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Peter Sagan endures his hardest day on the bike at Tour de France

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Peter Sagan gingerly pulls on the green jersey after stage 18 at the Tour de France

Peter Sagan gingerly pulls on the green jersey after stage 18 at the Tour de France (Image credit: Bettini Photo)
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Peter Sagan (Bora-Hansgrohe) struggled but made the time cut

Peter Sagan (Bora-Hansgrohe) struggled but made the time cut (Image credit: Getty Images)
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Peter Sagan all bandaged up after a crash on stage 17

Peter Sagan all bandaged up after a crash on stage 17 (Image credit: Getty Images)
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Peter Sagan shows the effects of his high-speed crash

Peter Sagan shows the effects of his high-speed crash (Image credit: Getty Images)
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Peter Sagan (Bora-Hansgrohe) in the autobus

Peter Sagan (Bora-Hansgrohe) in the autobus (Image credit: Getty Images)

Peter Sagan (Bora-Hansgrohe) might have his sixth Tour de France green jersey mathematically wrapped up, but the Slovakian still has to make it to Paris, which is not an easy task following a high-speed crash on Wednesday. After making it to the line in Laruns on stage 19, Sagan said that finishing the stage was worth more than the three stage victories he'd taken so far in this Tour de France.

As riders trickled across the line, attention turned from the general classification battle to the gruppetto and the green jersey. A member of the race organisation walked down the finishing straight, where media and team staff were waiting for the remaining riders to finish, holding up a piece of paper with the time cut scrawled on it.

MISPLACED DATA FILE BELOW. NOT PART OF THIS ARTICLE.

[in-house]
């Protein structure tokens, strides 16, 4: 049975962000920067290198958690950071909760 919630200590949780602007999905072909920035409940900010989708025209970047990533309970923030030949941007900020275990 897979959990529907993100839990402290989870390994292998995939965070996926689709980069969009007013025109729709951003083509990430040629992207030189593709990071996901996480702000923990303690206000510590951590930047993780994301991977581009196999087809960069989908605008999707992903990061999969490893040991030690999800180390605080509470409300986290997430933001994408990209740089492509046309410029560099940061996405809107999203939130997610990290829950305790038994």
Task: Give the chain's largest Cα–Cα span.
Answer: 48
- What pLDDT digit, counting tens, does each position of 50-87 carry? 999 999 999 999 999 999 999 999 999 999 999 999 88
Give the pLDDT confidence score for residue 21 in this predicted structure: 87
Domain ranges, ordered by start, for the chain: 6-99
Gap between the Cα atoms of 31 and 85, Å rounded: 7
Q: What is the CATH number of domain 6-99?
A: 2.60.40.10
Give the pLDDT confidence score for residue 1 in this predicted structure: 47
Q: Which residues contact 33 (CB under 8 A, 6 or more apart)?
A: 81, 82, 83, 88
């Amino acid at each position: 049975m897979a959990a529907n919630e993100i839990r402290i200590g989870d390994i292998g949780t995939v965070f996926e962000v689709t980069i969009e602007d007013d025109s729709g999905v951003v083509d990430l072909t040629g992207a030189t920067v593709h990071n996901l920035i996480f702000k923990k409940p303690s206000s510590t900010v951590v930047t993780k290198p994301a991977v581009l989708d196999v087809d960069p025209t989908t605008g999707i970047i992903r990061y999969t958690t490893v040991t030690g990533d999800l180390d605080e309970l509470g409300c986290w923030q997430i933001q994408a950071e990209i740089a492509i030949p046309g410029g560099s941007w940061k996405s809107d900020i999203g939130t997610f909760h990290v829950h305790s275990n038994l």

They had until 45:58 to make it across the line, and they would do it comfortably, finishing 38:23 behind the winner, with Sagan the penultimate rider in the 22-man group.

"On the bicycle, I think we can compare it with the hardest day," Sagan said after stepping onto the podium to claim his green jersey more than half an hour after the rest of the day's classification leaders. "This is worth much more than the three victories before, for me. I have to survive tomorrow, too. I know that it will be easier than today.

"Mentally, I'm good, I think because it wasn't an excuse for me to throw it away. In my head, I knew had to finish the race. It didn't matter whether I was at the limit or not. I have to finish. Physically, it was really hard.

"It's impossible to describe. It was very painful, but, in the end, I'm happy to make it and to continue in the race tomorrow."

The stage started with some easier rolling terrain before the big mountains arrived, but Sagan had to fight for almost all of the stage when he was distanced on the opening fourth-category climb. At that point, Sagan realised what he was up against if he wanted to make it to the finish line, let alone make the time cut. Thoughts of the green jersey and assistance from teammates Daniel Oss, Maciej Bodnar and Lukas Pöstlberger – who had previously been in the breakaway – kept Sagan on the straight and narrow.

"I think the green jersey and my teammates helped me a lot and I'm very proud of them, and that we could make it," said Sagan. "I was surprised on the first climb, I thought, 'Fucking hell – what am I going to do today?' It was just a two-kilometre climb, easy, and I was already almost dropped. Afterwards, we managed it well with the gruppetto and my teammates and [Arnaud] Démare's teammates from FDJ.

"I have to say thank you to Bodnar, Daniel and Lukas because they did a very good job today, and they helped me a lot on the flat parts. They kept me strong mentally and kept me in the race."

Teammate Oss said there were times when he thought they might not be able to pull it off, but Sagan said that he was never prepared to wave the white flag.

"No," he said when asked if he thought he wouldn't make it. "I said, 'We have to make it. It will be about 50 minutes,' and, in the end, it was 46. We had a lot of time."

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Born in Ireland to a cycling family and later moved to the Isle of Man, so there was no surprise when I got into the sport. Studied sports journalism at university before going on to do a Masters in sports broadcast. After university I spent three months interning at Eurosport, where I covered the Tour de France. In 2012 I started at Procycling Magazine, before becoming the deputy editor of Procycling Week. I then joined Cyclingnews, in December 2013.